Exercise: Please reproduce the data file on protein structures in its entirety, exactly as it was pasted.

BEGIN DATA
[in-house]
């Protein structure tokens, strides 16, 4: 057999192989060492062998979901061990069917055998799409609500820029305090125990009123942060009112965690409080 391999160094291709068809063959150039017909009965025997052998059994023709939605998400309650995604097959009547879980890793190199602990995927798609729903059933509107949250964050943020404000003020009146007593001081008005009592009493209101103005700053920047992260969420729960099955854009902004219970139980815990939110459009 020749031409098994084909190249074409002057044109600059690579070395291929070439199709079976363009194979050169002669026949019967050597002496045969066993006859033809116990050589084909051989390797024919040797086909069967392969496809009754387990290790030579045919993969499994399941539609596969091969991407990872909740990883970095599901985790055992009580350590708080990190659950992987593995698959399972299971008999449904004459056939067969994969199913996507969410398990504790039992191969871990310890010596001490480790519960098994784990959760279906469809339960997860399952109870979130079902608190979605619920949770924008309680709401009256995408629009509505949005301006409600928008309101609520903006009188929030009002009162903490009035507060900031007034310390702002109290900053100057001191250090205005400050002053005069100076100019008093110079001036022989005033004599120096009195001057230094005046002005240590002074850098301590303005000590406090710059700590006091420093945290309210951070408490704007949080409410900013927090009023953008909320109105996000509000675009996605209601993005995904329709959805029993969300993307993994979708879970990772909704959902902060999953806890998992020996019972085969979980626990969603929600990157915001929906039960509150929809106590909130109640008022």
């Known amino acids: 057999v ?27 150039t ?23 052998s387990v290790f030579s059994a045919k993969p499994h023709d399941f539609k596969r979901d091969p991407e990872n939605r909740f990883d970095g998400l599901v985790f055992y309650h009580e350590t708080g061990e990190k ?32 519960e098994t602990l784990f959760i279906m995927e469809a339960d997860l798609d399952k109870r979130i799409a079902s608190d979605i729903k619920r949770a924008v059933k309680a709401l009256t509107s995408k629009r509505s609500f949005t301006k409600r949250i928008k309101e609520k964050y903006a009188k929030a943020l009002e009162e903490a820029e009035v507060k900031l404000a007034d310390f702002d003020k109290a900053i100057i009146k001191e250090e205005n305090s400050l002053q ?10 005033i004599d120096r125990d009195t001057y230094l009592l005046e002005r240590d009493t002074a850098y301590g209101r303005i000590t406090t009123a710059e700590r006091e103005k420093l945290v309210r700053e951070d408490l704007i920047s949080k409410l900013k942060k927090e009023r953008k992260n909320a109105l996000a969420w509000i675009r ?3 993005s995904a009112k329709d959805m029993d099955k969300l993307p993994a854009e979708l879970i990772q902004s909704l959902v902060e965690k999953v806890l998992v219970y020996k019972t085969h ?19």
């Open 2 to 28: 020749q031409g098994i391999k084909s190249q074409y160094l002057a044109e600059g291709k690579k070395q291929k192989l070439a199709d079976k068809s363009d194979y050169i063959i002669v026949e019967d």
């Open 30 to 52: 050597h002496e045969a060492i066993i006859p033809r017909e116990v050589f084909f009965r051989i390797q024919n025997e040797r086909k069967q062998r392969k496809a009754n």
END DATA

[in-house]
């Protein structure tokens, strides 16, 4: 057999192989060492062998979901061990069917055998799409609500820029305090125990009123942060009112965690409080 391999160094291709068809063959150039017909009965025997052998059994023709939605998400309650995604097959009547879980890793190199602990995927798609729903059933509107949250964050943020404000003020009146007593001081008005009592009493209101103005700053920047992260969420729960099955854009902004219970139980815990939110459009 020749031409098994084909190249074409002057044109600059690579070395291929070439199709079976363009194979050169002669026949019967050597002496045969066993006859033809116990050589084909051989390797024919040797086909069967392969496809009754387990290790030579045919993969499994399941539609596969091969991407990872909740990883970095599901985790055992009580350590708080990190659950992987593995698959399972299971008999449904004459056939067969994969199913996507969410398990504790039992191969871990310890010596001490480790519960098994784990959760279906469809339960997860399952109870979130079902608190979605619920949770924008309680709401009256995408629009509505949005301006409600928008309101609520903006009188929030009002009162903490009035507060900031007034310390702002109290900053100057001191250090205005400050002053005069100076100019008093110079001036022989005033004599120096009195001057230094005046002005240590002074850098301590303005000590406090710059700590006091420093945290309210951070408490704007949080409410900013927090009023953008909320109105996000509000675009996605209601993005995904329709959805029993969300993307993994979708879970990772909704959902902060999953806890998992020996019972085969979980626990969603929600990157915001929906039960509150929809106590909130109640008022």
């Known amino acids: 057999v ?27 150039t ?23 052998s387990v290790f030579s059994a045919k993969p499994h023709d399941f539609k596969r979901d091969p991407e990872n939605r909740f990883d970095g998400l599901v985790f055992y309650h009580e350590t708080g061990e990190k ?32 519960e098994t602990l784990f959760i279906m995927e469809a339960d997860l798609d399952k109870r979130i799409a079902s608190d979605i729903k619920r949770a924008v059933k309680a709401l009256t509107s995408k629009r509505s609500f949005t301006k409600r949250i928008k309101e609520k964050y903006a009188k929030a943020l009002e009162e903490a820029e009035v507060k900031l404000a007034d310390f702002d003020k109290a900053i100057i009146k001191e250090e205005n305090s400050l002053q ?10 005033i004599d120096r125990d009195t001057y230094l009592l005046e002005r240590d009493t002074a850098y301590g209101r303005i000590t406090t009123a710059e700590r006091e103005k420093l945290v309210r700053e951070d408490l704007i920047s949080k409410l900013k942060k927090e009023r953008k992260n909320a109105l996000a969420w509000i675009r ?3 993005s995904a009112k329709d959805m029993d099955k969300l993307p993994a854009e979708l879970i990772q902004s909704l959902v902060e965690k999953v806890l998992v219970y020996k019972t085969h ?19």
């Open 2 to 28: 020749q031409g098994i391999k084909s190249q074409y160094l002057a044109e600059g291709k690579k070395q291929k192989l070439a199709d079976k068809s363009d194979y050169i063959i002669v026949e019967d």
């Open 30 to 52: 050597h002496e045969a060492i066993i006859p033809r017909e116990v050589f084909f009965r051989i390797q024919n025997e040797r086909k069967q062998r392969k496809a009754n």